Stories Without Heart


You will probably have read plenty of quotes along the line of ‘If you want to be a writer, you have to write.’ Right?

Stephen King said something of the sort and many others did too. The basic idea is that dreaming about being a writer is one thing, but actually doing it is something else. Sitting down in a chair and writing, though it can lead to a few problems, is far better than doing nothing at all. But there are things to watch out for on that route.

Budding authors are full of creative ideas and imaginings. As an editor and publisher, I have had my fair share of conversations which consist of the wannabe author launching into great detail about his or her latest project, beginning with the first chapter and informing me with ongoing vigour about ‘what happens next’, on and on, trying to paint a picture for me which they can clearly see unfolding and which fills them with excitement, but which of course I would have to read the novel to see myself. Writers are usually filled with passion about the books they are writing, and there’s nothing wrong with that. I have learned not to be surprised, though, when I learn either that a) nothing or very little is actually put down on paper or typed into a computer or b) the writer has written hundreds of thousands of words of essentially aimless material. Years pass, and stories either grow dim or just grow, like a kind of seaweed, until they choke themselves.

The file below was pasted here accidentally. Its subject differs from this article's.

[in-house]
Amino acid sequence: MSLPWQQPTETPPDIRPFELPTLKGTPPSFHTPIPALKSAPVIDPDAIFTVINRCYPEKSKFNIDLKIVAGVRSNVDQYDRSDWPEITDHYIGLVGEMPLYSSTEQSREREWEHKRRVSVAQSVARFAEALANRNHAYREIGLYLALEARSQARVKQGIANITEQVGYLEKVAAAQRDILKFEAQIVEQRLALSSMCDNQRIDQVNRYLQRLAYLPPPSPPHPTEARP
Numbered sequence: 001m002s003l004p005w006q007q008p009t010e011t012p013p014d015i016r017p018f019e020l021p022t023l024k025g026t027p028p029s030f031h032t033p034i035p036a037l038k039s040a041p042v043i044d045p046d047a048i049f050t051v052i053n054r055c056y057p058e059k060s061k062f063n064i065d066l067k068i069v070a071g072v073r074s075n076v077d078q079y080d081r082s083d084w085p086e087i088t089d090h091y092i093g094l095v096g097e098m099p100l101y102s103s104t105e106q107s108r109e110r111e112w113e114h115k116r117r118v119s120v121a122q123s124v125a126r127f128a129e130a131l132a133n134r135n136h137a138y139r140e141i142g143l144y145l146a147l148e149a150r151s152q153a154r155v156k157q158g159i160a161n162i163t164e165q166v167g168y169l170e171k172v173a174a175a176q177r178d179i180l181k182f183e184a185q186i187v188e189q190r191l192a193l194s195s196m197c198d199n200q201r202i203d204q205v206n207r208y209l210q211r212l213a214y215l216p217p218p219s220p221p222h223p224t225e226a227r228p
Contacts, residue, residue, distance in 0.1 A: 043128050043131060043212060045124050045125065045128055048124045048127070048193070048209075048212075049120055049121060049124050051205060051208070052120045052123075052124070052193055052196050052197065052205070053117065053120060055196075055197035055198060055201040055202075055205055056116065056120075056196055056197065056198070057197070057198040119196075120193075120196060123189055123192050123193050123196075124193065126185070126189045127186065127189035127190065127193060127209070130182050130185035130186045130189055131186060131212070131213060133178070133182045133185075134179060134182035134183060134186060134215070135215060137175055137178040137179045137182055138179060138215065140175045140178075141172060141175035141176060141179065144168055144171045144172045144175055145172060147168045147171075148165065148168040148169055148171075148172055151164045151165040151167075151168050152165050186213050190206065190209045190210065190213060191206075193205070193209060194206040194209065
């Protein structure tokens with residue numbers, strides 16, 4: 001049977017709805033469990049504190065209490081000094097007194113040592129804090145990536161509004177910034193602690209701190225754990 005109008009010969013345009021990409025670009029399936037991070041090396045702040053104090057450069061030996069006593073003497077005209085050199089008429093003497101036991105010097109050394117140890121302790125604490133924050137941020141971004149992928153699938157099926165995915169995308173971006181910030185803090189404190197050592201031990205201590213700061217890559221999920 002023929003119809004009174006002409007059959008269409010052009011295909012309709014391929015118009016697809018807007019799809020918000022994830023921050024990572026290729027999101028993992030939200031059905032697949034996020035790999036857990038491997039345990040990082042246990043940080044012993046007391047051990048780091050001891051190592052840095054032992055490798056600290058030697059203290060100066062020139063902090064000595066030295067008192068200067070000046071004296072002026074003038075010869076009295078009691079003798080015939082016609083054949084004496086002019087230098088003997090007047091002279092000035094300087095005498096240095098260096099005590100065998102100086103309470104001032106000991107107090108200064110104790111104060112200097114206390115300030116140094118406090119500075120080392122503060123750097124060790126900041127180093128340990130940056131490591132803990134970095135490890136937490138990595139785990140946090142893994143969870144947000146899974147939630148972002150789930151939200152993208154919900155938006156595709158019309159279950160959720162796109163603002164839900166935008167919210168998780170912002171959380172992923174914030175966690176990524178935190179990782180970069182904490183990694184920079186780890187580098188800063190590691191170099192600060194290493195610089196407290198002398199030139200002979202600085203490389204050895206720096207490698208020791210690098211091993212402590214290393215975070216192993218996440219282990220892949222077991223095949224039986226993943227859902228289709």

Of course, to be a writer, you must write. The writer who talks but doesn’t write is in a worse situation than the one who writes and writes and writes to no constructive end. But both would be helped enormously if they were able to recognise one thing:

Successful stories are about something.

That sounds too obvious, but what I mean is that they are about more than just a series of events, however elaborate, however colourful, however dramatic those things might be. We would be getting closer to the mark if we said that good stories were about a set of characters, but even that doesn’t quite capture what I’m trying to say.